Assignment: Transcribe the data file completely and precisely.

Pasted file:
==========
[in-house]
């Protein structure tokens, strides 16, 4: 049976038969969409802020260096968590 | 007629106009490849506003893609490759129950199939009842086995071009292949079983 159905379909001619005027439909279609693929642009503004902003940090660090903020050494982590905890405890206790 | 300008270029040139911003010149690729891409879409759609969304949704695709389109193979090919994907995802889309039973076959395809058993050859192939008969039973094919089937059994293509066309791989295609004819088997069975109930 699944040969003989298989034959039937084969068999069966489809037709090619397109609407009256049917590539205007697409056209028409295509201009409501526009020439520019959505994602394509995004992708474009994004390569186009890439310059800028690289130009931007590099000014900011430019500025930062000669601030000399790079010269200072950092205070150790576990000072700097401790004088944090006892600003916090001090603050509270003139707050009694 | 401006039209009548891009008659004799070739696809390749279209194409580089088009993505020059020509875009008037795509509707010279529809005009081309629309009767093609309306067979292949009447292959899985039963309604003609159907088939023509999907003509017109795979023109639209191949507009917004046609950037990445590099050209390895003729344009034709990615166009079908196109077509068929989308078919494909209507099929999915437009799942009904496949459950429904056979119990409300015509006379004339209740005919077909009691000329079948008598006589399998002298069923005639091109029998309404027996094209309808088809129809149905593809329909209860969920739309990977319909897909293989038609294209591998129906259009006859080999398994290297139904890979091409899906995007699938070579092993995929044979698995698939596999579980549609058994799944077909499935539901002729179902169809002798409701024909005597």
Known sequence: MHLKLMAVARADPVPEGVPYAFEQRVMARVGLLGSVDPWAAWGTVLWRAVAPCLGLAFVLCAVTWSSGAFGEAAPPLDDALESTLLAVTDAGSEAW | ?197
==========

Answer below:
[in-house]
């Protein structure tokens, strides 16, 4: 049976038969969409802020260096968590 | 007629106009490849506003893609490759129950199939009842086995071009292949079983 159905379909001619005027439909279609693929642009503004902003940090660090903020050494982590905890405890206790 | 300008270029040139911003010149690729891409879409759609969304949704695709389109193979090919994907995802889309039973076959395809058993050859192939008969039973094919089937059994293509066309791989295609004819088997069975109930 699944040969003989298989034959039937084969068999069966489809037709090619397109609407009256049917590539205007697409056209028409295509201009409501526009020439520019959505994602394509995004992708474009994004390569186009890439310059800028690289130009931007590099000014900011430019500025930062000669601030000399790079010269200072950092205070150790576990000072700097401790004088944090006892600003916090001090603050509270003139707050009694 | 401006039209009548891009008659004799070739696809390749279209194409580089088009993505020059020509875009008037795509509707010279529809005009081309629309009767093609309306067979292949009447292959899985039963309604003609159907088939023509999907003509017109795979023109639209191949507009917004046609950037990445590099050209390895003729344009034709990615166009079908196109077509068929989308078919494909209507099929999915437009799942009904496949459950429904056979119990409300015509006379004339209740005919077909009691000329079948008598006589399998002298069923005639091109029998309404027996094209309808088809129809149905593809329909209860969920739309990977319909897909293989038609294209591998129906259009006859080999398994290297139904890979091409899906995007699938070579092993995929044979698995698939596999579980549609058994799944077909499935539901002729179902169809002798409701024909005597």
Known sequence: MHLKLMAVARADPVPEGVPYAFEQRVMARVGLLGSVDPWAAWGTVLWRAVAPCLGLAFVLCAVTWSSGAFGEAAPPLDDALESTLLAVTDAGSEAW | ?197